Starting a Gator is similar to starting a car; the key goes into the ignition switch and the operator turns it to the start position. Unlike starting a car, Gator drivers must depress the brake pedal for the vehicle to start and the engine starts in any gear. Therefore, starting with the parking brake activated is advisable. The Gator's transmission operates with a shift lever located between the front passenger seats and shifts occur with the vehicle stopped at idle. Models offering four-wheel drive generally have an electric switch mounted on the dash that locks the front wheels for all-wheel drive. Gator accelerator, braking, and steering controls operate much like a car.
Operator Training and Requirements
The John Deere Gators have safety decals and labels that warn of the appropriate hazards and risks. Safety alerts range in hazards from a lower risk “Notice” to a much more significant “Danger”.
- The John Deere Gator safety decals and labels identified in this section are placed in the appropriate areas to draw attention to potential hazards.
- The decals and labels are required and shall not be removed.
- Should a warning decal or label become damaged, removed or otherwise rendered unreadable, it shall be replaced by the Amherst College Mechanic as soon as possible.
- As a utility vehicle, the John Deere Gator was not designed to be used for "off roading". The units purchased by the College are not all-terrain recreation vehicles.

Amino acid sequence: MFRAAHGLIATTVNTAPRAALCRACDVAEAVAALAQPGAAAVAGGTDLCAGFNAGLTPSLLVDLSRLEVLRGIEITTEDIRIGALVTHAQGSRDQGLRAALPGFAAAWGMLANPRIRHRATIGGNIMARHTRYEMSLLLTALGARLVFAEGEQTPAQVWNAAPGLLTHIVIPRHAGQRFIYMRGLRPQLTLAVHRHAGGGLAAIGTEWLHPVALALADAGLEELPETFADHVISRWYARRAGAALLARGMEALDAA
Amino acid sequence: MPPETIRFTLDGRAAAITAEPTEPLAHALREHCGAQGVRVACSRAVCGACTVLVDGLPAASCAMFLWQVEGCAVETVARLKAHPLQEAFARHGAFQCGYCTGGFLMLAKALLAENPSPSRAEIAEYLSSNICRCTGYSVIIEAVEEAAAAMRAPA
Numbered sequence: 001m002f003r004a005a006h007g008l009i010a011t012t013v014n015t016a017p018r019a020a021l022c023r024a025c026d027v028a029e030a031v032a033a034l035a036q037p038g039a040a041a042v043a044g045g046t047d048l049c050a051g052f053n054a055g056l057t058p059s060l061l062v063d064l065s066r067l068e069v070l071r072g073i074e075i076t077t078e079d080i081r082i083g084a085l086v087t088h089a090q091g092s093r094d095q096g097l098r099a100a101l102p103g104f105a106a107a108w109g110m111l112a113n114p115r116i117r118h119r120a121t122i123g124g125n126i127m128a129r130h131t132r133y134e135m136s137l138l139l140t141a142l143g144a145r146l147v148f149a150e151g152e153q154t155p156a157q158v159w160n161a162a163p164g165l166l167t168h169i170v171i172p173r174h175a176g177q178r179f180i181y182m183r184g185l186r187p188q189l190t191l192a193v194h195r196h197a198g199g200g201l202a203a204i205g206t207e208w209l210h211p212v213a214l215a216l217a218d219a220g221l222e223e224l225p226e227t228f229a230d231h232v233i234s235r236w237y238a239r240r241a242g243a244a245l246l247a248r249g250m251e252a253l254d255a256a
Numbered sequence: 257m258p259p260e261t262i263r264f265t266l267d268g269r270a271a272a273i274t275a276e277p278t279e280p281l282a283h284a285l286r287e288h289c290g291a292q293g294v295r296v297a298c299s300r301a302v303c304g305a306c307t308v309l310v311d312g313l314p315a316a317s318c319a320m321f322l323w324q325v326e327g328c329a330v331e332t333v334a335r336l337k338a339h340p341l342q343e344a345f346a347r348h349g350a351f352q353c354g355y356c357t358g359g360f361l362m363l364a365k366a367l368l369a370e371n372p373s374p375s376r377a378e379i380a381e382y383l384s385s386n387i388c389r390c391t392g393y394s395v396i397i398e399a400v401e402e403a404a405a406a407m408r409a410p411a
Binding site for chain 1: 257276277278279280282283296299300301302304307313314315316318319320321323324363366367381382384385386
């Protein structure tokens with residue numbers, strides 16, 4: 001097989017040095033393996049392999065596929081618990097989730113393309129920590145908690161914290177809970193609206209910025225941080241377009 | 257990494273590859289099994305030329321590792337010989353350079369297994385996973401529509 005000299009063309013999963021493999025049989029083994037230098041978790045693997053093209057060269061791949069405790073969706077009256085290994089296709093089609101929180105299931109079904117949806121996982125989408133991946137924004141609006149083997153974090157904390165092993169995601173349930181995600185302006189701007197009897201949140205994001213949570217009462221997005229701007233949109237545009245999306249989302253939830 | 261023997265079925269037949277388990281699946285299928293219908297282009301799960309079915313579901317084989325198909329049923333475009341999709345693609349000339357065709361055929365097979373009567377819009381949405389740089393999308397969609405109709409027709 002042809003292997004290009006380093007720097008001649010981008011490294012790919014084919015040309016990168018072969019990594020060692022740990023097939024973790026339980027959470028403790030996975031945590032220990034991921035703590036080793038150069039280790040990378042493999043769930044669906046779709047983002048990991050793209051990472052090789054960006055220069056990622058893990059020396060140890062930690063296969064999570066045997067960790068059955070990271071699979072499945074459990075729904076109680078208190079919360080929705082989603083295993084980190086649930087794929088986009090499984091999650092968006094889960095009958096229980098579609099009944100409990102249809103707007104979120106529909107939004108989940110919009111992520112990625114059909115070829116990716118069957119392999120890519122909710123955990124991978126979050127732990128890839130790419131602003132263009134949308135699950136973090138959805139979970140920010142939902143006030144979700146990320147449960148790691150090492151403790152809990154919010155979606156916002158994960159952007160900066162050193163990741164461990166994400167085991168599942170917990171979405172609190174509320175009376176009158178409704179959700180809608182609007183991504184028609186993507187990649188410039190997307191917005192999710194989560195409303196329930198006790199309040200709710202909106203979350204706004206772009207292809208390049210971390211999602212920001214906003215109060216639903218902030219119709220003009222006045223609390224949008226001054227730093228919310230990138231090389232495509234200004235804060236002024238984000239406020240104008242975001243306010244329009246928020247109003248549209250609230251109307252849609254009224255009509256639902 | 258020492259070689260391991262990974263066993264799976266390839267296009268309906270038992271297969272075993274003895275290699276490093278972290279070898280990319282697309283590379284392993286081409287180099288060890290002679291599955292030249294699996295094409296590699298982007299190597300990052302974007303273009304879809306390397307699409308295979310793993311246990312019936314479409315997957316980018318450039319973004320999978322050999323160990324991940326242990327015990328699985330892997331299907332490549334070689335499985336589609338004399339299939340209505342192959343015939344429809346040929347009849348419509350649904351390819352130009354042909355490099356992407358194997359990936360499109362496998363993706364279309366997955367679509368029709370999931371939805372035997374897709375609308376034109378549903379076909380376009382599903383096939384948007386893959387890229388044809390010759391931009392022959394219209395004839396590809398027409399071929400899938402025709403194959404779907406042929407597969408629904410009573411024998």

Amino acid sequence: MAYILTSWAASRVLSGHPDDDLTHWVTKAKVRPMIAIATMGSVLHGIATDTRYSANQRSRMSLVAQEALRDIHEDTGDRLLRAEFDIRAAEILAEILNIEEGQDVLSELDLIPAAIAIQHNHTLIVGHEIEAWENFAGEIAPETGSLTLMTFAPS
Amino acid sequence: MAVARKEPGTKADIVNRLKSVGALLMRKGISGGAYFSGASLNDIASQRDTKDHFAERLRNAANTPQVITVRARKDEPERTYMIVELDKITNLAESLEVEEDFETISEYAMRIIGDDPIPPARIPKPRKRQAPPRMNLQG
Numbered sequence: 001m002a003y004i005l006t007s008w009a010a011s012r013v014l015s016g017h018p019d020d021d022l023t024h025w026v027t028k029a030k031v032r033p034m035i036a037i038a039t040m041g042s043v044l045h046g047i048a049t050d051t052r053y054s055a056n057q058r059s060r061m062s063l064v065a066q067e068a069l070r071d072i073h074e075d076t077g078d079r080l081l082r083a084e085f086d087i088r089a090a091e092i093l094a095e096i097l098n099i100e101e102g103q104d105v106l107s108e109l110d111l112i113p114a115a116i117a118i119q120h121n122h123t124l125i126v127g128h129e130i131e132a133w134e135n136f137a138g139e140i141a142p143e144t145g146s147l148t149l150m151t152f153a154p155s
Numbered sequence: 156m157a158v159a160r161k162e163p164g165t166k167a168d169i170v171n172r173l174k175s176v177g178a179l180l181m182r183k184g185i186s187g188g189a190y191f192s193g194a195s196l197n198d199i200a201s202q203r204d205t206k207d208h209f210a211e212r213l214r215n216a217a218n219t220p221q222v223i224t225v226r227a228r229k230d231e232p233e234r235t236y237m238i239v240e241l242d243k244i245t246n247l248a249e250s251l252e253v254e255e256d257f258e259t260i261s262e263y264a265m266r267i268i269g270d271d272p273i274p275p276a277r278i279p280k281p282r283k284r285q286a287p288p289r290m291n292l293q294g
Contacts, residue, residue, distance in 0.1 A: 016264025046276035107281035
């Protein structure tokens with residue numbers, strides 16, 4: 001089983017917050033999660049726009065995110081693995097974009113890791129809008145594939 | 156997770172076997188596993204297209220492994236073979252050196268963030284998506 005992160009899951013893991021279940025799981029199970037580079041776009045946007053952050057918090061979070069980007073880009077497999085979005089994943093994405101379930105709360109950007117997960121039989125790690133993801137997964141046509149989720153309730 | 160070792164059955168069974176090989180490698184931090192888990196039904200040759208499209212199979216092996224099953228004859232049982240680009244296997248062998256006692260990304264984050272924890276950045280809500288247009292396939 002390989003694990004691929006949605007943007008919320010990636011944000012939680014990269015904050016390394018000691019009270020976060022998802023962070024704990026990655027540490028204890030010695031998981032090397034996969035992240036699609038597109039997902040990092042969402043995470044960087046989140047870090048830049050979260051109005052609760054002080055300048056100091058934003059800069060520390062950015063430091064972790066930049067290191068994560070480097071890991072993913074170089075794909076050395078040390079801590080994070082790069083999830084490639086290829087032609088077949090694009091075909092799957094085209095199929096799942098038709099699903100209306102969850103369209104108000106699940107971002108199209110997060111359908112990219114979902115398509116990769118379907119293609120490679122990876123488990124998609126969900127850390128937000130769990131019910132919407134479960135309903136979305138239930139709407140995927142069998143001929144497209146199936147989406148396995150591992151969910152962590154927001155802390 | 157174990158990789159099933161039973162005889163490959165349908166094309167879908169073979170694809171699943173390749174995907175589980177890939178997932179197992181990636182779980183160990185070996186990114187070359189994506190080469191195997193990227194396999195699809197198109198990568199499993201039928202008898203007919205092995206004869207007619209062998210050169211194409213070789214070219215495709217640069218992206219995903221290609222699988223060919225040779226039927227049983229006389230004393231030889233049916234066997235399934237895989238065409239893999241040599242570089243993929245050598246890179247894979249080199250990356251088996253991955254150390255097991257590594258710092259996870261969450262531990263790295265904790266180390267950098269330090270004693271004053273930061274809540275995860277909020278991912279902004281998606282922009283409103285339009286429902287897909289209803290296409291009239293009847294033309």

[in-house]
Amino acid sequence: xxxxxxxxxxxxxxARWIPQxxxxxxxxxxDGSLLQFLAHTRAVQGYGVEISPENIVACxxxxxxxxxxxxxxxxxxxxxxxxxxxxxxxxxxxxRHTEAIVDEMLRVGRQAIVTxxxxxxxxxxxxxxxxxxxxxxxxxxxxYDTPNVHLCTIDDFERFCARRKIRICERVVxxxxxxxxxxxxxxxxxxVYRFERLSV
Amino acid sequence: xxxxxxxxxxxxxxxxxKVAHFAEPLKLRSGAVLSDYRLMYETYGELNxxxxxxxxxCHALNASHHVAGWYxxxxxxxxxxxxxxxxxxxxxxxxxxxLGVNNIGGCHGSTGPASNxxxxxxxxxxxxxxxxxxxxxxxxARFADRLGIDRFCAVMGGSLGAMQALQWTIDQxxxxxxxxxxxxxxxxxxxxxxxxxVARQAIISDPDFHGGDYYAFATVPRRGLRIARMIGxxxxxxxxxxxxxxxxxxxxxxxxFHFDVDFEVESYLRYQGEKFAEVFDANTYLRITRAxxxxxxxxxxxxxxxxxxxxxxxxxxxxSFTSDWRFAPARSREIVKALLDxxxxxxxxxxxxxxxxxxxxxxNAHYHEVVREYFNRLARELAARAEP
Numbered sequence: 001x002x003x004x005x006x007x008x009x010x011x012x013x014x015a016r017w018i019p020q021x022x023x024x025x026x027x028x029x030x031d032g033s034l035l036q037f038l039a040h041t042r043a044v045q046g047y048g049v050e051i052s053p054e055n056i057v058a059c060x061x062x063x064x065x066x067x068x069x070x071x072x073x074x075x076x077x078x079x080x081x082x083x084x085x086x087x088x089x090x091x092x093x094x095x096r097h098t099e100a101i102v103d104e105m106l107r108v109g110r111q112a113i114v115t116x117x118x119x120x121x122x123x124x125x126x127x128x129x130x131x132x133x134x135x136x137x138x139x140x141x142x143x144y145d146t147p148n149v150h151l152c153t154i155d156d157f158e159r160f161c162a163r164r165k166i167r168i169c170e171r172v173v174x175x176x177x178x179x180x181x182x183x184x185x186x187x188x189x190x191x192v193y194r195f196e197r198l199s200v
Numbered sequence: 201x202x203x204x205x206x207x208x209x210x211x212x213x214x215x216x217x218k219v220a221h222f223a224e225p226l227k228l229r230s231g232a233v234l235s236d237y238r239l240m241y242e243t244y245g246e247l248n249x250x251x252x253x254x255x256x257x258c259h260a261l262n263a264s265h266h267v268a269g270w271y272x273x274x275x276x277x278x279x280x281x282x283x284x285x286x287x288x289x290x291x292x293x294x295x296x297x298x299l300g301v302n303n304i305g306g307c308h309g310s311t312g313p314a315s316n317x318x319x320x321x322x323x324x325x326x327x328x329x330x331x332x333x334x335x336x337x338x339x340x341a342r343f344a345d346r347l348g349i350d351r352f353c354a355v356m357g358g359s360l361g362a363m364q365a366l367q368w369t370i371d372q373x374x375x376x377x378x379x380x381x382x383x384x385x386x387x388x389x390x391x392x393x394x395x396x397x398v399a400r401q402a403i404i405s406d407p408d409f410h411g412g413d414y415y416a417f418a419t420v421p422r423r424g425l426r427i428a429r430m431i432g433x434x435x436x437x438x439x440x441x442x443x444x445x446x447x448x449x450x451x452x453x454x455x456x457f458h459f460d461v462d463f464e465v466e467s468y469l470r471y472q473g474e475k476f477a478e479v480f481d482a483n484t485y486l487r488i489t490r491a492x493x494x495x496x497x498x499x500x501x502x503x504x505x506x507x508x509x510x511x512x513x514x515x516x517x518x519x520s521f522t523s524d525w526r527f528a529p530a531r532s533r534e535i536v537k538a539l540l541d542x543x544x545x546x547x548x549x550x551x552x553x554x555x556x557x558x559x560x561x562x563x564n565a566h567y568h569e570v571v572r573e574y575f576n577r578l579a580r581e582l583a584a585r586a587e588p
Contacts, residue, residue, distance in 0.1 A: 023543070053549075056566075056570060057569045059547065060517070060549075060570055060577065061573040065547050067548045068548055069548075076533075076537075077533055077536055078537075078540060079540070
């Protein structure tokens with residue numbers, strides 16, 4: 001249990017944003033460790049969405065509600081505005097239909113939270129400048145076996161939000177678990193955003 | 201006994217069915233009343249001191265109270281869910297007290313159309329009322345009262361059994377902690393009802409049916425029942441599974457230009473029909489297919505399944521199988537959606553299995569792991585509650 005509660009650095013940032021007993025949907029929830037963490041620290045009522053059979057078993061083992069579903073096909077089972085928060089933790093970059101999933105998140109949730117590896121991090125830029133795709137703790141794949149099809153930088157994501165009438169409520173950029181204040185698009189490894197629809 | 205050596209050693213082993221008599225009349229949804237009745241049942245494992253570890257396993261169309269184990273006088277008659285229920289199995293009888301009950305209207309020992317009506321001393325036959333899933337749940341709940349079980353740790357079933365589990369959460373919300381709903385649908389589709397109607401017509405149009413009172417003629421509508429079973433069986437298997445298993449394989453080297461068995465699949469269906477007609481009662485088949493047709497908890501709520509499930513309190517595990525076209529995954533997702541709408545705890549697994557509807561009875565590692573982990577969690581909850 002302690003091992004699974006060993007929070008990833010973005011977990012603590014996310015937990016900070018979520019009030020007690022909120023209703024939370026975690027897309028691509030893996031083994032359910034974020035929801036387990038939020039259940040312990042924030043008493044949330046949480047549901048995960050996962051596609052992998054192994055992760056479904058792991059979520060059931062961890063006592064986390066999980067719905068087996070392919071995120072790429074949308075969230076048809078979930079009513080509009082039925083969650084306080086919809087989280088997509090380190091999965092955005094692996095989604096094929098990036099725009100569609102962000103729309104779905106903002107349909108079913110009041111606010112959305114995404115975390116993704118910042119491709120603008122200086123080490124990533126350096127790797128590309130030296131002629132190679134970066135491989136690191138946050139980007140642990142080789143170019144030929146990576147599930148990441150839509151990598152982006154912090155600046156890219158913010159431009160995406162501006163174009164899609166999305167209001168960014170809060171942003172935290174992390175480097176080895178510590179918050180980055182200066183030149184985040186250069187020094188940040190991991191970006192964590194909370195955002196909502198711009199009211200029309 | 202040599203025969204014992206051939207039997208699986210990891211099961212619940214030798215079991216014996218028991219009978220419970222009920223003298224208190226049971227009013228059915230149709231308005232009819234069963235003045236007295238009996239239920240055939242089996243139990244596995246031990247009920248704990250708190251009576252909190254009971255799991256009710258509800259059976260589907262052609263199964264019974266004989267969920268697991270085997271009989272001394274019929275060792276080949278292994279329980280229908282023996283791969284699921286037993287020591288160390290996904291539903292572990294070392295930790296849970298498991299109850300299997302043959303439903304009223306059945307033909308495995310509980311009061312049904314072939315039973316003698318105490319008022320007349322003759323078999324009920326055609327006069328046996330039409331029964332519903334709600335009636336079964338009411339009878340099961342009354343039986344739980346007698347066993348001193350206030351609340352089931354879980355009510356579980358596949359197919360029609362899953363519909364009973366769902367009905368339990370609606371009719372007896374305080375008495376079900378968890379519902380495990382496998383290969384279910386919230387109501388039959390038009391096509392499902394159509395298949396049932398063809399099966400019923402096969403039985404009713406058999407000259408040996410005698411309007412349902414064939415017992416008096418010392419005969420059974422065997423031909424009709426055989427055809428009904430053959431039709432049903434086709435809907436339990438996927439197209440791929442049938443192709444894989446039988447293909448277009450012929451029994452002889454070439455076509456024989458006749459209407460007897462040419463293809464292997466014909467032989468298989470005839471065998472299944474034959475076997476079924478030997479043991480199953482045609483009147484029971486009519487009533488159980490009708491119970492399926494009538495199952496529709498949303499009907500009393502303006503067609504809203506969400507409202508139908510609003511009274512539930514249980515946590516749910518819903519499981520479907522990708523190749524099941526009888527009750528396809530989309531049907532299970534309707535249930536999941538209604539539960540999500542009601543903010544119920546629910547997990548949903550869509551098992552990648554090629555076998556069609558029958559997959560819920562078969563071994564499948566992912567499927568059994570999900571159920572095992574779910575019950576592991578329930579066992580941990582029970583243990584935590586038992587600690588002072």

- The Gator was not intended for public road or highway use, as it may be a hazard to the faster moving traffic.
- Operators and passengers should be seated separately, and shall not under any circumstances be allowed to ride on the vehicle, unless they are seated in the center of the seat with both feet inside the vehicle.
- Gators are permitted to cross Routes 9 and 116, at crosswalks with flashing lights, provided appropriate care is used with regard to pedestrians and traffic. The Gator must come to a complete stop before crossing.
- Golf carts, John Deere Gators, lawn mowers and other slow moving vehicles which do not have license plates shall be equipped with permanent or temporary "flashing" strobe lights if they are used to cross public ways.Gators are not permitted to operate with traffic. Driving along the road, the bicycle lane or breakdown lane is prohibited and may result in the removal of keys from the operator as determined by the Amherst College Chief of Police.
The operator’s manual, which must be available for review and training, explains the potential safety hazards associated with the operation of the Gators.
- Hazardous situations with high probability or death or severe injury
- Hazardous situations which have some probability of death or severe injury
- Hazardous situations which may result in minor or moderate injury
- Indicating a possibility of company policy as the message relates (in)directly to personnel safety or protection of property.
Decals and labels specific to the Gator include:
- Explosive gases can cause blindness or injury.
- Flames, smoking and sparks will create explosion hazard.
RIDERS CAN FALL AND BE KILLED.
YOUNG DRIVERS INCREASE THE CHANCE OF DEATH.
NO DRIVERS UNDER THE AGE OF 18 ARE PERMITTED.
ROLLOVER OR FALLING OFF MAY CAUSE DEATH.
FUEL FUMES CAN CAUSE ILLNESS, SERIOUS INJURY OR DEATH.When filling fuel tank, both doors and front windshield should be in the full open position.
- Cell Phones and Portable Radios shall be turned off while tank is being filled.
- Engine should be allowed to cool prior to filling the Fuel Tank.
- Prevent Fire and Explosion cause by Static Electricity.
- Use only non-metal portable fuel containers, approved by either Factory Mutual (FM) or Underwritten Laboratory (UL)
- Never filled portable containers in vehicle or cargo area. Place container on ground and maintain contact between nozzle and container.
- Do not fill tank in an enclosed area.
- Clean up any fuel spillage with hot water and soap.